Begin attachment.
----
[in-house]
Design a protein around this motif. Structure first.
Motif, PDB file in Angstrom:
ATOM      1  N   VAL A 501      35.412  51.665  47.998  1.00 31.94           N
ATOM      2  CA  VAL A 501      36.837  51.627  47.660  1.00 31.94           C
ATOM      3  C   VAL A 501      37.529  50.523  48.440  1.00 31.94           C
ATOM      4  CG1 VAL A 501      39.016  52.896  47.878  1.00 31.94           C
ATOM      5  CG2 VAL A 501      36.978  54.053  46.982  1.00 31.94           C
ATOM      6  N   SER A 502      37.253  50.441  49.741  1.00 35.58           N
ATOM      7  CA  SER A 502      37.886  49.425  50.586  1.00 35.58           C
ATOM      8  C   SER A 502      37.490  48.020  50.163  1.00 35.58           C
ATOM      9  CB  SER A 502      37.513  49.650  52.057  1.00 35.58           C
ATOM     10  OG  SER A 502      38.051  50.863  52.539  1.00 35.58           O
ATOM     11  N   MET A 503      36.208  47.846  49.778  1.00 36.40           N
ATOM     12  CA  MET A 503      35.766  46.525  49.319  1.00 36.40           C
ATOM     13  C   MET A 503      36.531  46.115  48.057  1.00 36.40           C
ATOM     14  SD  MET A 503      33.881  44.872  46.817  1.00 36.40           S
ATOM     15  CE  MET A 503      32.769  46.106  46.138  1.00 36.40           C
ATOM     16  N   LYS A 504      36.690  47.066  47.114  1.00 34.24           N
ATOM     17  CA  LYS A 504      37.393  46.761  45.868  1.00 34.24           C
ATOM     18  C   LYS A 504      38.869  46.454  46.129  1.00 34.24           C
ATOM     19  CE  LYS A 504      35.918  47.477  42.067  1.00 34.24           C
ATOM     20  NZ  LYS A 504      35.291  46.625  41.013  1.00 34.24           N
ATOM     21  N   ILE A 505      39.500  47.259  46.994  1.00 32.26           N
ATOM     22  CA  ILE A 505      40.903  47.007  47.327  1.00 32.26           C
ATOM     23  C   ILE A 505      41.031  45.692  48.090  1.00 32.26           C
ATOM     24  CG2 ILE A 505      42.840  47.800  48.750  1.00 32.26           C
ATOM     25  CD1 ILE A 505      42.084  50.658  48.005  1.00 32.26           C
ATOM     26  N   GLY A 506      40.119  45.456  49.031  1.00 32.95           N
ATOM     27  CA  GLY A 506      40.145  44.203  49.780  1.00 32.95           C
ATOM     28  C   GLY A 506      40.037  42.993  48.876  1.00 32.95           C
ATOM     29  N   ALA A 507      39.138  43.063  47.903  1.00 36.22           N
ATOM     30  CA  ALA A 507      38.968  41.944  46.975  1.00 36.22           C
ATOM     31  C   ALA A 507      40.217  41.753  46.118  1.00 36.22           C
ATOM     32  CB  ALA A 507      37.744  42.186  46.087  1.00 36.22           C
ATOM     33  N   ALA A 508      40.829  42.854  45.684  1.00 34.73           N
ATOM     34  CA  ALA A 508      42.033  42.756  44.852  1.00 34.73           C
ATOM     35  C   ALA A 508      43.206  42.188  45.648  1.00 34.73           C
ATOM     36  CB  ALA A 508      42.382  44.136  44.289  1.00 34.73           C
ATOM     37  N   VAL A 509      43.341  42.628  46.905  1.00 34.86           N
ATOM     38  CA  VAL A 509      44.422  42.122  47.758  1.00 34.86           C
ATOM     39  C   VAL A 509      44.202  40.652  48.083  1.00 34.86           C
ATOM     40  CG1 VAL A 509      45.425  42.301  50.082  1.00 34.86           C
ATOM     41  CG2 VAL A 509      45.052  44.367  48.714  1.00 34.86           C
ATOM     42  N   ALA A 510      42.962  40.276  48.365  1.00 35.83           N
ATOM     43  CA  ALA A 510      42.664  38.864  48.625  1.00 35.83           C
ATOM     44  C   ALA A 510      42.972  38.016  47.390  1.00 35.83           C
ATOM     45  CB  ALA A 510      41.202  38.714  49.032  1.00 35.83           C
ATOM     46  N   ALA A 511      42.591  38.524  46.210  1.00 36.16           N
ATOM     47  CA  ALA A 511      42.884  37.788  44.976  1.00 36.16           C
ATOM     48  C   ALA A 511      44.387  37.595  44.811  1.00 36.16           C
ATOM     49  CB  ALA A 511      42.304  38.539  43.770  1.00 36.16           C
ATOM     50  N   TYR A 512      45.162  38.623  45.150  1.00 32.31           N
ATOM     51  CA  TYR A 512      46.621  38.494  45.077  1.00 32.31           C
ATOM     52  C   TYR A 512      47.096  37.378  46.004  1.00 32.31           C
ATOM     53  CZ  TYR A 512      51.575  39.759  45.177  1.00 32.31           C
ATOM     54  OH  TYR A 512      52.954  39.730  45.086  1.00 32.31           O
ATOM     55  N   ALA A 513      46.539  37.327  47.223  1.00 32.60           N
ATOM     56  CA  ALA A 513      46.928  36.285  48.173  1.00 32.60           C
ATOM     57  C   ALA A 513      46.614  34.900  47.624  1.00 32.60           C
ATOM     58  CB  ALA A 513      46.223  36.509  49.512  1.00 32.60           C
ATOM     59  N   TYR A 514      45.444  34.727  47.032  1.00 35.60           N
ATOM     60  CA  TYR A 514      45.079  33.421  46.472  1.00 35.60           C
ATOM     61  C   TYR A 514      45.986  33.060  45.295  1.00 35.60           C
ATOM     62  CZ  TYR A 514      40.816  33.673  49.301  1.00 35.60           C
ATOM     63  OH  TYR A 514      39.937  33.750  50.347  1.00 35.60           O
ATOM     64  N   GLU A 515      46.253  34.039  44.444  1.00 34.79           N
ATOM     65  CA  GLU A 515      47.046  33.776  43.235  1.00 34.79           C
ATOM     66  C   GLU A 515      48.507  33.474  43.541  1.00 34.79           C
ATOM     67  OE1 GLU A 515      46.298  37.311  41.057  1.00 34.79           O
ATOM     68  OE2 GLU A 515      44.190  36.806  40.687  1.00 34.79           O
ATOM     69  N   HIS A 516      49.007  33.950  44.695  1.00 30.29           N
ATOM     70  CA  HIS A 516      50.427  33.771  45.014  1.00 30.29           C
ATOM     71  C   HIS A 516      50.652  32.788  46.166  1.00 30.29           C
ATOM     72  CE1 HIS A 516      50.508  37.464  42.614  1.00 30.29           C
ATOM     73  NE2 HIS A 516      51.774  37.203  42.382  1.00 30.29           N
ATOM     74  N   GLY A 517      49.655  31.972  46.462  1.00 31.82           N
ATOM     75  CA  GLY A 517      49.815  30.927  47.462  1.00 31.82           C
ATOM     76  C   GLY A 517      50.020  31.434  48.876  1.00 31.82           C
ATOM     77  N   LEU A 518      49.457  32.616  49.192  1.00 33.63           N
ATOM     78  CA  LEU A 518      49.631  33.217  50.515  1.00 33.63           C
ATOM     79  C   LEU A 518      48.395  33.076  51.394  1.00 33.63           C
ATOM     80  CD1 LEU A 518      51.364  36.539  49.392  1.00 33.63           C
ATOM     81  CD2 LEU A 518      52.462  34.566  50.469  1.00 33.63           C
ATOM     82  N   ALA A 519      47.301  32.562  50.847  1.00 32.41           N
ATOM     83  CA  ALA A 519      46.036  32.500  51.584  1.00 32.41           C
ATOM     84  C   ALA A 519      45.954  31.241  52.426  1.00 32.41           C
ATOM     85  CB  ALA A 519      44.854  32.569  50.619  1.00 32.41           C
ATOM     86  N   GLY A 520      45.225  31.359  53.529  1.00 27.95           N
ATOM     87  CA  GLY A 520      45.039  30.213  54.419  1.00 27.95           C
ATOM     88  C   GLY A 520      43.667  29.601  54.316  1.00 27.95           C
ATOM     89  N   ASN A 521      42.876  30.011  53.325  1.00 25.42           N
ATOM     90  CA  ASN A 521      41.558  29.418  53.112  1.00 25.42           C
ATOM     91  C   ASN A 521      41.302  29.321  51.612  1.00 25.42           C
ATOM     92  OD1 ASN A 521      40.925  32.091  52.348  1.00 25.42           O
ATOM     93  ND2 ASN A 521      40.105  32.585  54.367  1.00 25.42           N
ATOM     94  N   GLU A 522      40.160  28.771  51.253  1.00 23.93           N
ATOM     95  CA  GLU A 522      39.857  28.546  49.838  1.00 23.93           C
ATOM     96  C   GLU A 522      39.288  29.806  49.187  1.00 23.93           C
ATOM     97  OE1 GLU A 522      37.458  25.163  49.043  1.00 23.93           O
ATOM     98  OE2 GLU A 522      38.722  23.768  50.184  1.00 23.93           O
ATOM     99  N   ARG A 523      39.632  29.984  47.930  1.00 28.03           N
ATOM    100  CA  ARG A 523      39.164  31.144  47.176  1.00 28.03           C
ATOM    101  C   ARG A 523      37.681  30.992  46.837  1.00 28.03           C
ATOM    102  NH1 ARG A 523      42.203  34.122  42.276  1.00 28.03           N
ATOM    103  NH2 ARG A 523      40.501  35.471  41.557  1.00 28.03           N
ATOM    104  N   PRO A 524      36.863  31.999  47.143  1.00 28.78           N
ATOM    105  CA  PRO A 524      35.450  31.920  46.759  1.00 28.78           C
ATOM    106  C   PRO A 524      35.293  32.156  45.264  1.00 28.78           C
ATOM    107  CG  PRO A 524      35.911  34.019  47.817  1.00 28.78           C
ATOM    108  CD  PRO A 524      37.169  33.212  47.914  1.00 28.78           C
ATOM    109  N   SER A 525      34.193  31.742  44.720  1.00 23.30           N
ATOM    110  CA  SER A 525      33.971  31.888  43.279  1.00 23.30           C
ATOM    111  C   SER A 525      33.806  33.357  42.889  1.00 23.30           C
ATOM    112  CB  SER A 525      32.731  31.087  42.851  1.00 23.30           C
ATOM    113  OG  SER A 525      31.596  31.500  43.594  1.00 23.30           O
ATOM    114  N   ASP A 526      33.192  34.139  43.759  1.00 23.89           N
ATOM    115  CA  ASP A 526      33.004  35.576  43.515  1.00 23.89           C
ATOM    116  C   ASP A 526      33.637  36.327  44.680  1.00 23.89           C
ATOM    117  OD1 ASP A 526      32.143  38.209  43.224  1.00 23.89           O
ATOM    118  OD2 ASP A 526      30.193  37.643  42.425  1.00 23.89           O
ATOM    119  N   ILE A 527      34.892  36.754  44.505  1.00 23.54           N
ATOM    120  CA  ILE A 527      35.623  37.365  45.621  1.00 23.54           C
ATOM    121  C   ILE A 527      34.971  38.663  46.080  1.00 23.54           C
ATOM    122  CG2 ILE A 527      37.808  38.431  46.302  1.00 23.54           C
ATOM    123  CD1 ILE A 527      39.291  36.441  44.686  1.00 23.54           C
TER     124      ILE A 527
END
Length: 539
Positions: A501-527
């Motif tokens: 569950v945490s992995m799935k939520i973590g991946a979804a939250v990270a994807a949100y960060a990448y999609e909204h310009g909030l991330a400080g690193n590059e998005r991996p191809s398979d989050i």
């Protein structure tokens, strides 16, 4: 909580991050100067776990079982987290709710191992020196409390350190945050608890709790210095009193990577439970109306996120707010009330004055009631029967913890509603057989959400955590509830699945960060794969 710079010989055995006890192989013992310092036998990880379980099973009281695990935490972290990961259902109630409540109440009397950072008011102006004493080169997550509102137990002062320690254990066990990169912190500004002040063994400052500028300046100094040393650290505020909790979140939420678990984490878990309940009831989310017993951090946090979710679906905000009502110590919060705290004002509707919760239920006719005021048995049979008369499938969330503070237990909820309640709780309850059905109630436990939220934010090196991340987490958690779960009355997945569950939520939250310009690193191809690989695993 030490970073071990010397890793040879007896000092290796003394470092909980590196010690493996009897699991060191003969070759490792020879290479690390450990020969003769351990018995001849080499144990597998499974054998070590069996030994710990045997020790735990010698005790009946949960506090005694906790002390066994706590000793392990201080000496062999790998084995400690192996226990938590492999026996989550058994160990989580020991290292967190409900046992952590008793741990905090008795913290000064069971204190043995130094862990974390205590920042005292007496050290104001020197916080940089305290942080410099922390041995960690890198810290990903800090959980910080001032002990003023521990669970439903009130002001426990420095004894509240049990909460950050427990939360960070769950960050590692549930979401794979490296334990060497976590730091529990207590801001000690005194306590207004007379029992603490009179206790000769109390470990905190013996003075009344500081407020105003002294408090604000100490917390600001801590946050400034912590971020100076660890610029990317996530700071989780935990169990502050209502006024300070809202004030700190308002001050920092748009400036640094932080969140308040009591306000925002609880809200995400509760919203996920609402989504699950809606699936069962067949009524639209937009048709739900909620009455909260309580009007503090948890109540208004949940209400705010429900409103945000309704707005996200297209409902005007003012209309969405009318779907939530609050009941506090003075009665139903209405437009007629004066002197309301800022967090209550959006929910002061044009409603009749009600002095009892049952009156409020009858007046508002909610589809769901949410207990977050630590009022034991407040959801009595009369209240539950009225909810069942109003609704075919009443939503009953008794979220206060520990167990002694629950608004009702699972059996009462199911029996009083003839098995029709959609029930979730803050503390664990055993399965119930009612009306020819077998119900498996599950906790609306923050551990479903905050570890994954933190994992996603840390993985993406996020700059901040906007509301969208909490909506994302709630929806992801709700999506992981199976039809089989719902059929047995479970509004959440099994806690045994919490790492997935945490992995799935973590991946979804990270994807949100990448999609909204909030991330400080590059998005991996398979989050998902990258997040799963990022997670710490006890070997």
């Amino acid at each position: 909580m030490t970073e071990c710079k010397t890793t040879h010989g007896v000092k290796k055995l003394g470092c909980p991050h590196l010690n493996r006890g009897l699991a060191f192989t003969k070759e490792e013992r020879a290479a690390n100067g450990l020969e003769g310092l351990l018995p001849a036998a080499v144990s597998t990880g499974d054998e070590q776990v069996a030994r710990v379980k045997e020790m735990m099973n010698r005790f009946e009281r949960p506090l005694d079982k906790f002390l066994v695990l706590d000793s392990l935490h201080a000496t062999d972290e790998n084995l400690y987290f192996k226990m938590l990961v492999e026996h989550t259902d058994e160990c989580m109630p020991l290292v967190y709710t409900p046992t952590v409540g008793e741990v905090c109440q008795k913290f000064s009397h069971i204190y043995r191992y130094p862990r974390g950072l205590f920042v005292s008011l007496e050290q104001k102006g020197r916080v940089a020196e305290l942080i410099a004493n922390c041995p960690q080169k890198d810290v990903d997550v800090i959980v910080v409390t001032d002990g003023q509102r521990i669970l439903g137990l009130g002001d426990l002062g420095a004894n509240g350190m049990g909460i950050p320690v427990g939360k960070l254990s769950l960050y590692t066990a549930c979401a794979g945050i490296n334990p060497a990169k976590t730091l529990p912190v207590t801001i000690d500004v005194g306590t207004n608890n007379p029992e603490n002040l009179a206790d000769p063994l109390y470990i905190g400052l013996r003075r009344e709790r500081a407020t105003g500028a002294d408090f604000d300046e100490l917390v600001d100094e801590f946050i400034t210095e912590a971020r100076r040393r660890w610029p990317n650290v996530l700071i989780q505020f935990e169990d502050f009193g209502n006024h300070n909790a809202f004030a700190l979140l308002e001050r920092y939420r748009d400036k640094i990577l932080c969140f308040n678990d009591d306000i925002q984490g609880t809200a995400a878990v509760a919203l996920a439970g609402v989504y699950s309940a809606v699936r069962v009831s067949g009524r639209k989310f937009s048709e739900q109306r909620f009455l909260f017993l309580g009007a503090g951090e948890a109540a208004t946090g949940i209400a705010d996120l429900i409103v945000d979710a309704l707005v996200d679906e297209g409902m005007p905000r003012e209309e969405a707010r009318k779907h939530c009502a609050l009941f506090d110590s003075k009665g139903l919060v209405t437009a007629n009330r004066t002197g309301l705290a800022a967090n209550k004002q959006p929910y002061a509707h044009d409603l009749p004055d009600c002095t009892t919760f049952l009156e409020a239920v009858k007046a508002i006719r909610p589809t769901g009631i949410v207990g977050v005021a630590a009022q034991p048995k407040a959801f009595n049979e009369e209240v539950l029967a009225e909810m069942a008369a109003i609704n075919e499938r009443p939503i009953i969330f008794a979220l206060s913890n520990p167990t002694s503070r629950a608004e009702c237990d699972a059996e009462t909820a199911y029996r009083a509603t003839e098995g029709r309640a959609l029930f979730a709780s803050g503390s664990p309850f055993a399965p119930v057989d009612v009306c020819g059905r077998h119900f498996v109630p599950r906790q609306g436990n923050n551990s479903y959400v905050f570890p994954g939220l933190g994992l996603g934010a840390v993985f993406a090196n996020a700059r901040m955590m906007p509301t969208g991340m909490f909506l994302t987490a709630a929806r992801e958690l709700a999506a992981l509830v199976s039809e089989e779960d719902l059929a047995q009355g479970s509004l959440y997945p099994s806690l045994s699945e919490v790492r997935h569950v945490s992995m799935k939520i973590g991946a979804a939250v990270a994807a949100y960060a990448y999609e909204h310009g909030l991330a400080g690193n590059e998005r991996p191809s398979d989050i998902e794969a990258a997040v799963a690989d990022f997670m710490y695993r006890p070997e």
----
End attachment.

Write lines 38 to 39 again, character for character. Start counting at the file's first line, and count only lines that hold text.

ATOM     35  C   ALA A 508      43.206  42.188  45.648  1.00 34.73           C
ATOM     36  CB  ALA A 508      42.382  44.136  44.289  1.00 34.73           C